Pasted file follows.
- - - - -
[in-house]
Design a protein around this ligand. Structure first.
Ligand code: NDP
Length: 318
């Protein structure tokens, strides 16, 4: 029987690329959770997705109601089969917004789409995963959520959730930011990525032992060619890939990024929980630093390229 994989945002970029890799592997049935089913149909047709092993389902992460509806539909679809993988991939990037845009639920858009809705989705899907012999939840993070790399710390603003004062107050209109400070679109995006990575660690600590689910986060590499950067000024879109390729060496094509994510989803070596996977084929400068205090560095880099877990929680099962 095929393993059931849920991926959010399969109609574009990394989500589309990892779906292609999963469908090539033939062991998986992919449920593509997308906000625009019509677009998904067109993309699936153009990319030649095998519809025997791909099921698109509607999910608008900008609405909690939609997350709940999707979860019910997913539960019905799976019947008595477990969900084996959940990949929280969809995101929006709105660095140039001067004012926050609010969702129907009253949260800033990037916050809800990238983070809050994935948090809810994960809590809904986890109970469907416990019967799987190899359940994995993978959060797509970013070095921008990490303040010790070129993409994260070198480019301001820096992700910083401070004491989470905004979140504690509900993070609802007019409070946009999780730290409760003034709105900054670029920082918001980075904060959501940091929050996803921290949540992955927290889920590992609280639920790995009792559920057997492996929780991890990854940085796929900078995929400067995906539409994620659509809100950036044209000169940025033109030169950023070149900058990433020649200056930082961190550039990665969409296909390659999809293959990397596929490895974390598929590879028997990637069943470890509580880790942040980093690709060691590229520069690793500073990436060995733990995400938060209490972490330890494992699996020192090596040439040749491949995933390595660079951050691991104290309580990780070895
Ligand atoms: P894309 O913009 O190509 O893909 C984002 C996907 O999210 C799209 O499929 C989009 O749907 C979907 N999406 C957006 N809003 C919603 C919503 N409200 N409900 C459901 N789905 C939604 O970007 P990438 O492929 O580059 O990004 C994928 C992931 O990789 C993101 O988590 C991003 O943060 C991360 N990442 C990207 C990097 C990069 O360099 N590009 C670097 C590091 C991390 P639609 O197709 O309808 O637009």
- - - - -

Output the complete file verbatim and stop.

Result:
[in-house]
Design a protein around this ligand. Structure first.
Ligand code: NDP
Length: 318
């Protein structure tokens, strides 16, 4: 029987690329959770997705109601089969917004789409995963959520959730930011990525032992060619890939990024929980630093390229 994989945002970029890799592997049935089913149909047709092993389902992460509806539909679809993988991939990037845009639920858009809705989705899907012999939840993070790399710390603003004062107050209109400070679109995006990575660690600590689910986060590499950067000024879109390729060496094509994510989803070596996977084929400068205090560095880099877990929680099962 095929393993059931849920991926959010399969109609574009990394989500589309990892779906292609999963469908090539033939062991998986992919449920593509997308906000625009019509677009998904067109993309699936153009990319030649095998519809025997791909099921698109509607999910608008900008609405909690939609997350709940999707979860019910997913539960019905799976019947008595477990969900084996959940990949929280969809995101929006709105660095140039001067004012926050609010969702129907009253949260800033990037916050809800990238983070809050994935948090809810994960809590809904986890109970469907416990019967799987190899359940994995993978959060797509970013070095921008990490303040010790070129993409994260070198480019301001820096992700910083401070004491989470905004979140504690509900993070609802007019409070946009999780730290409760003034709105900054670029920082918001980075904060959501940091929050996803921290949540992955927290889920590992609280639920790995009792559920057997492996929780991890990854940085796929900078995929400067995906539409994620659509809100950036044209000169940025033109030169950023070149900058990433020649200056930082961190550039990665969409296909390659999809293959990397596929490895974390598929590879028997990637069943470890509580880790942040980093690709060691590229520069690793500073990436060995733990995400938060209490972490330890494992699996020192090596040439040749491949995933390595660079951050691991104290309580990780070895
Ligand atoms: P894309 O913009 O190509 O893909 C984002 C996907 O999210 C799209 O499929 C989009 O749907 C979907 N999406 C957006 N809003 C919603 C919503 N409200 N409900 C459901 N789905 C939604 O970007 P990438 O492929 O580059 O990004 C994928 C992931 O990789 C993101 O988590 C991003 O943060 C991360 N990442 C990207 C990097 C990069 O360099 N590009 C670097 C590091 C991390 P639609 O197709 O309808 O637009």